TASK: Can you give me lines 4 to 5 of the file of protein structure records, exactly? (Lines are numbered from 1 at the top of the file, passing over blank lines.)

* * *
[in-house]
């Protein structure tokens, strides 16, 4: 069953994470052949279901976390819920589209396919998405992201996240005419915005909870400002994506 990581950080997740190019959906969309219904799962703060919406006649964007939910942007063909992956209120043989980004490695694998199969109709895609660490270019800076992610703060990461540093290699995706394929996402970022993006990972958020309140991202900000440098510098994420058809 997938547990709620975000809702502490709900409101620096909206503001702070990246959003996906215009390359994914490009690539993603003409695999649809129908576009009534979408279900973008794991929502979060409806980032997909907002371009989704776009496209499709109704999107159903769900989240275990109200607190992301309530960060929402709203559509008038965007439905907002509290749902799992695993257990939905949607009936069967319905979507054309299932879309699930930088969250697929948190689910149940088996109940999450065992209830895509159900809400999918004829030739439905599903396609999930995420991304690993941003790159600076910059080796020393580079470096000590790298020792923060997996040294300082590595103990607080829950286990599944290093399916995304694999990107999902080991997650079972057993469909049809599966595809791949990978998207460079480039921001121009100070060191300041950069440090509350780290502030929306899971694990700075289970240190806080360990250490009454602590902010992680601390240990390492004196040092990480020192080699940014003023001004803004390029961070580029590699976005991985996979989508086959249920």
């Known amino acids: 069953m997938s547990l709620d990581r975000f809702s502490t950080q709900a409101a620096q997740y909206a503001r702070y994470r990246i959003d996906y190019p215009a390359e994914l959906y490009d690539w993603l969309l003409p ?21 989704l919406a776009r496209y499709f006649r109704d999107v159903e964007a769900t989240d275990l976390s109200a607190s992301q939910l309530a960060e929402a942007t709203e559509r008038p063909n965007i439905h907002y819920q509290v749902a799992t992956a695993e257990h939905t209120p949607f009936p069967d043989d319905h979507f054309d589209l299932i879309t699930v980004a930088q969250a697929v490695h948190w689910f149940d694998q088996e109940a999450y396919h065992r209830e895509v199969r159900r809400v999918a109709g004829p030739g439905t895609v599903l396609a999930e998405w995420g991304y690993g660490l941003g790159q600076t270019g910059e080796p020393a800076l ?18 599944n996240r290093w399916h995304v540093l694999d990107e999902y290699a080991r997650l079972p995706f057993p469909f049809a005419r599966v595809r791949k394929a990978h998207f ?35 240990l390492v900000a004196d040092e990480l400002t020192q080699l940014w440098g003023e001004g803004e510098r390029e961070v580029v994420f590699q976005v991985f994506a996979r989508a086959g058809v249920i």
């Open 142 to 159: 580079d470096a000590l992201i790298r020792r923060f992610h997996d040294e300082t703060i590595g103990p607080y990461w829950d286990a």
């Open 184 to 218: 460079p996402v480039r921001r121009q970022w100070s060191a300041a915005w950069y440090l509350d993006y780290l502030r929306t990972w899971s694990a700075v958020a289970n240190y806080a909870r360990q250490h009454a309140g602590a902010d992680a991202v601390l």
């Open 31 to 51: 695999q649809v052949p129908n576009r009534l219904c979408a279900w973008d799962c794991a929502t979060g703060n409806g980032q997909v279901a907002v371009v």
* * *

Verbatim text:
């Open 142 to 159: 580079d470096a000590l992201i790298r020792r923060f992610h997996d040294e300082t703060i590595g103990p607080y990461w829950d286990a």
């Open 184 to 218: 460079p996402v480039r921001r121009q970022w100070s060191a300041a915005w950069y440090l509350d993006y780290l502030r929306t990972w899971s694990a700075v958020a289970n240190y806080a909870r360990q250490h009454a309140g602590a902010d992680a991202v601390l």